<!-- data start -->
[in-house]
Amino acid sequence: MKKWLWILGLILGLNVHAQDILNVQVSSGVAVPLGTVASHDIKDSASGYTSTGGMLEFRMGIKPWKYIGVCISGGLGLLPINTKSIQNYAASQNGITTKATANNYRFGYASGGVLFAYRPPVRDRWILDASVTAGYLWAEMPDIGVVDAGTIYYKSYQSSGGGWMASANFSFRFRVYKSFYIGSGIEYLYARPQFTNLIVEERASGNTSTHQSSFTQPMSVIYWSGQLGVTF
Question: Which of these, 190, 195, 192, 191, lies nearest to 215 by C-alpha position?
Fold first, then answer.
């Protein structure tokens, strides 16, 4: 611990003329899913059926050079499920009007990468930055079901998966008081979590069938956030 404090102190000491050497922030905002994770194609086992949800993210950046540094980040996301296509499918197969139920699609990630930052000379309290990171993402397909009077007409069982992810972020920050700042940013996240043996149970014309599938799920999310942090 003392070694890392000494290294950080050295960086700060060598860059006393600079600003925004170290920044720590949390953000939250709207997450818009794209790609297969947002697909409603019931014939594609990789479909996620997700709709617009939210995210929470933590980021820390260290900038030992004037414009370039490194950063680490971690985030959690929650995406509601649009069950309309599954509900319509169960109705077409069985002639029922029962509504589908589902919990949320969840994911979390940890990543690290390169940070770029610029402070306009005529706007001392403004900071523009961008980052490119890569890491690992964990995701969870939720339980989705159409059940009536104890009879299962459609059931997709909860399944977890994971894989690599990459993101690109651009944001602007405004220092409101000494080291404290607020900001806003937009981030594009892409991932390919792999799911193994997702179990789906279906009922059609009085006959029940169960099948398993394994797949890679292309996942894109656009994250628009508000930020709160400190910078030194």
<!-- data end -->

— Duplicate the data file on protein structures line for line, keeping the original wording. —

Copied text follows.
[in-house]
Amino acid sequence: MKKWLWILGLILGLNVHAQDILNVQVSSGVAVPLGTVASHDIKDSASGYTSTGGMLEFRMGIKPWKYIGVCISGGLGLLPINTKSIQNYAASQNGITTKATANNYRFGYASGGVLFAYRPPVRDRWILDASVTAGYLWAEMPDIGVVDAGTIYYKSYQSSGGGWMASANFSFRFRVYKSFYIGSGIEYLYARPQFTNLIVEERASGNTSTHQSSFTQPMSVIYWSGQLGVTF
Question: Which of these, 190, 195, 192, 191, lies nearest to 215 by C-alpha position?
Fold first, then answer.
């Protein structure tokens, strides 16, 4: 611990003329899913059926050079499920009007990468930055079901998966008081979590069938956030 404090102190000491050497922030905002994770194609086992949800993210950046540094980040996301296509499918197969139920699609990630930052000379309290990171993402397909009077007409069982992810972020920050700042940013996240043996149970014309599938799920999310942090 003392070694890392000494290294950080050295960086700060060598860059006393600079600003925004170290920044720590949390953000939250709207997450818009794209790609297969947002697909409603019931014939594609990789479909996620997700709709617009939210995210929470933590980021820390260290900038030992004037414009370039490194950063680490971690985030959690929650995406509601649009069950309309599954509900319509169960109705077409069985002639029922029962509504589908589902919990949320969840994911979390940890990543690290390169940070770029610029402070306009005529706007001392403004900071523009961008980052490119890569890491690992964990995701969870939720339980989705159409059940009536104890009879299962459609059931997709909860399944977890994971894989690599990459993101690109651009944001602007405004220092409101000494080291404290607020900001806003937009981030594009892409991932390919792999799911193994997702179990789906279906009922059609009085006959029940169960099948398993394994797949890679292309996942894109656009994250628009508000930020709160400190910078030194």